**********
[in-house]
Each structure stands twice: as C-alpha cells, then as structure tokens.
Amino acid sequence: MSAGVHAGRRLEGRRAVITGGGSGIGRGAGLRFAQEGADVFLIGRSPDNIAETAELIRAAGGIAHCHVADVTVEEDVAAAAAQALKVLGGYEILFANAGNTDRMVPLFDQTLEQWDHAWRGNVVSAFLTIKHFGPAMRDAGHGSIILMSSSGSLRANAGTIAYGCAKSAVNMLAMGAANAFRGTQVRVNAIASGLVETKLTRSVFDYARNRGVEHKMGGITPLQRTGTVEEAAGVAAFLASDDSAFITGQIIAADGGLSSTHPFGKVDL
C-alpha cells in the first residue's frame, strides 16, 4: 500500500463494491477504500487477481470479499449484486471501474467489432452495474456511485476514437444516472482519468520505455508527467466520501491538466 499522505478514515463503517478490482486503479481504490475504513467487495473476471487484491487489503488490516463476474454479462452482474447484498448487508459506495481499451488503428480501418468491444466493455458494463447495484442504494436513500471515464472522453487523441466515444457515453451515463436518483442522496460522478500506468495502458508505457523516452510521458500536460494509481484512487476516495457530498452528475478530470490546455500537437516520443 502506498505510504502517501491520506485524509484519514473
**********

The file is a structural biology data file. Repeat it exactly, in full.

[in-house]
Each structure stands twice: as C-alpha cells, then as structure tokens.
Amino acid sequence: MSAGVHAGRRLEGRRAVITGGGSGIGRGAGLRFAQEGADVFLIGRSPDNIAETAELIRAAGGIAHCHVADVTVEEDVAAAAAQALKVLGGYEILFANAGNTDRMVPLFDQTLEQWDHAWRGNVVSAFLTIKHFGPAMRDAGHGSIILMSSSGSLRANAGTIAYGCAKSAVNMLAMGAANAFRGTQVRVNAIASGLVETKLTRSVFDYARNRGVEHKMGGITPLQRTGTVEEAAGVAAFLASDDSAFITGQIIAADGGLSSTHPFGKVDL
C-alpha cells in the first residue's frame, strides 16, 4: 500500500463494491477504500487477481470479499449484486471501474467489432452495474456511485476514437444516472482519468520505455508527467466520501491538466 499522505478514515463503517478490482486503479481504490475504513467487495473476471487484491487489503488490516463476474454479462452482474447484498448487508459506495481499451488503428480501418468491444466493455458494463447495484442504494436513500471515464472522453487523441466515444457515453451515463436518483442522496460522478500506468495502458508505457523516452510521458500536460494509481484512487476516495457530498452528475478530470490546455500537437516520443 502506498505510504502517501491520506485524509484519514473